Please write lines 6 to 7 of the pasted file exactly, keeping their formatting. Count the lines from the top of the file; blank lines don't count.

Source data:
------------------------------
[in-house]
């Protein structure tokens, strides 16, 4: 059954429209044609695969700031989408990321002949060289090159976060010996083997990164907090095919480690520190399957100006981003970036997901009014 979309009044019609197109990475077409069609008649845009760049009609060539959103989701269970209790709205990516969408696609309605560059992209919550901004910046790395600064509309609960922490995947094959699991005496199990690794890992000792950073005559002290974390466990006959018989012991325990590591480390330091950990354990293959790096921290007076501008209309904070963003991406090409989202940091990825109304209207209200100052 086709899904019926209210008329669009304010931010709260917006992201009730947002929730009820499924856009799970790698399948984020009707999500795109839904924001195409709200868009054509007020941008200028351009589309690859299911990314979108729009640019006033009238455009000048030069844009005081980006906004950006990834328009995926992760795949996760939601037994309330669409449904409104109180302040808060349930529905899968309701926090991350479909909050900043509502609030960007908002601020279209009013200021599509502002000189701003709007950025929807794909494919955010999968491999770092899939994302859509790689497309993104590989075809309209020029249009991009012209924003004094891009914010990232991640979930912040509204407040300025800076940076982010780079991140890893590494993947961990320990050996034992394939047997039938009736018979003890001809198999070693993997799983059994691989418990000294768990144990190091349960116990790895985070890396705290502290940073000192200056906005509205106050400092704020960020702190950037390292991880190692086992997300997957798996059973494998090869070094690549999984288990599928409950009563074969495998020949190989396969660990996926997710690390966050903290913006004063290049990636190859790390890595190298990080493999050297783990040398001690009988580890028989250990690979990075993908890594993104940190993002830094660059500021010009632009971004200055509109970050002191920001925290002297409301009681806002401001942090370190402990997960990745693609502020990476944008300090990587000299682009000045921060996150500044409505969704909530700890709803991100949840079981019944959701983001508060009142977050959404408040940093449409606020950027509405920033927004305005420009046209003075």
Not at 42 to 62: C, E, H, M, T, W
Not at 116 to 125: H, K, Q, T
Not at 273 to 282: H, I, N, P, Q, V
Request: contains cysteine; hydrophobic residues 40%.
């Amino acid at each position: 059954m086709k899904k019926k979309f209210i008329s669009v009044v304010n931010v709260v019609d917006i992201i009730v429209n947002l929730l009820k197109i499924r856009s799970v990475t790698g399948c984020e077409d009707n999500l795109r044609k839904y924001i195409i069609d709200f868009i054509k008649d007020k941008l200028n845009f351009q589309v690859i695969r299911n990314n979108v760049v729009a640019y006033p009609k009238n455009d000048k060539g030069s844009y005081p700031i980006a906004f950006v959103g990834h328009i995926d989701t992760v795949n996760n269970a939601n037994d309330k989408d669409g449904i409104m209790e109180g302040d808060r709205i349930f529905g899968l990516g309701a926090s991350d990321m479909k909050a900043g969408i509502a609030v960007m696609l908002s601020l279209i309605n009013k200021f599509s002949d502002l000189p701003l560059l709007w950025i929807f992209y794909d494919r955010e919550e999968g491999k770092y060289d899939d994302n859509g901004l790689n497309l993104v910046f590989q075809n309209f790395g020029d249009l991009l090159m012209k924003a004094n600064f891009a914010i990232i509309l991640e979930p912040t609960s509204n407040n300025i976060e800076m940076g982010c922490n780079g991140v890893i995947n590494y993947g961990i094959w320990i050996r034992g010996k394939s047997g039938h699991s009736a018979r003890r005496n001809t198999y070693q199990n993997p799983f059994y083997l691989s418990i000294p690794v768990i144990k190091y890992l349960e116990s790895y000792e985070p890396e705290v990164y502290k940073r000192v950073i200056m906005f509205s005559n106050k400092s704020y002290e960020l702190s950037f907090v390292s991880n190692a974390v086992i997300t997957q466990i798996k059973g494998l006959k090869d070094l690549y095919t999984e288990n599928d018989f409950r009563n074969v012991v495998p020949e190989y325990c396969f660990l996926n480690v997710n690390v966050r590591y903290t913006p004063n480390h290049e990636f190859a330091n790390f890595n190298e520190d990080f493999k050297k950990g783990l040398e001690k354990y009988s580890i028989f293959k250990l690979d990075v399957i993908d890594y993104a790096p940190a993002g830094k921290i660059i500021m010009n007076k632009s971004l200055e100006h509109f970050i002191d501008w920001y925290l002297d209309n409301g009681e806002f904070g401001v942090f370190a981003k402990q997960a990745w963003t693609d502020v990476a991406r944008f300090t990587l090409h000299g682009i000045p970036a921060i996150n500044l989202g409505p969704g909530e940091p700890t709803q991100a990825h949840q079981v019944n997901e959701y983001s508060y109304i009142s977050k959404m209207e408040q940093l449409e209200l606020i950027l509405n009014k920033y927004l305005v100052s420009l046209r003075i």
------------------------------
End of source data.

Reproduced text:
Request: contains cysteine; hydrophobic residues 40%.
């Amino acid at each position: 059954m086709k899904k019926k979309f209210i008329s669009v009044v304010n931010v709260v019609d917006i992201i009730v429209n947002l929730l009820k197109i499924r856009s799970v990475t790698g399948c984020e077409d009707n999500l795109r044609k839904y924001i195409i069609d709200f868009i054509k008649d007020k941008l200028n845009f351009q589309v690859i695969r299911n990314n979108v760049v729009a640019y006033p009609k009238n455009d000048k060539g030069s844009y005081p700031i980006a906004f950006v959103g990834h328009i995926d989701t992760v795949n996760n269970a939601n037994d309330k989408d669409g449904i409104m209790e109180g302040d808060r709205i349930f529905g899968l990516g309701a926090s991350d990321m479909k909050a900043g969408i509502a609030v960007m696609l908002s601020l279209i309605n009013k200021f599509s002949d502002l000189p701003l560059l709007w950025i929807f992209y794909d494919r955010e919550e999968g491999k770092y060289d899939d994302n859509g901004l790689n497309l993104v910046f590989q075809n309209f790395g020029d249009l991009l090159m012209k924003a004094n600064f891009a914010i990232i509309l991640e979930p912040t609960s509204n407040n300025i976060e800076m940076g982010c922490n780079g991140v890893i995947n590494y993947g961990i094959w320990i050996r034992g010996k394939s047997g039938h699991s009736a018979r003890r005496n001809t198999y070693q199990n993997p799983f059994y083997l691989s418990i000294p690794v768990i144990k190091y890992l349960e116990s790895y000792e985070p890396e705290v990164y502290k940073r000192v950073i200056m906005f509205s005559n106050k400092s704020y002290e960020l702190s950037f907090v390292s991880n190692a974390v086992i997300t997957q466990i798996k059973g494998l006959k090869d070094l690549y095919t999984e288990n599928d018989f409950r009563n074969v012991v495998p020949e190989y325990c396969f660990l996926n480690v997710n690390v966050r590591y903290t913006p004063n480390h290049e990636f190859a330091n790390f890595n190298e520190d990080f493999k050297k950990g783990l040398e001690k354990y009988s580890i028989f293959k250990l690979d990075v399957i993908d890594y993104a790096p940190a993002g830094k921290i660059i500021m010009n007076k632009s971004l200055e100006h509109f970050i002191d501008w920001y925290l002297d209309n409301g009681e806002f904070g401001v942090f370190a981003k402990q997960a990745w963003t693609d502020v990476a991406r944008f300090t990587l090409h000299g682009i000045p970036a921060i996150n500044l989202g409505p969704g909530e940091p700890t709803q991100a990825h949840q079981v019944n997901e959701y983001s508060y109304i009142s977050k959404m209207e408040q940093l449409e209200l606020i950027l509405n009014k920033y927004l305005v100052s420009l046209r003075i």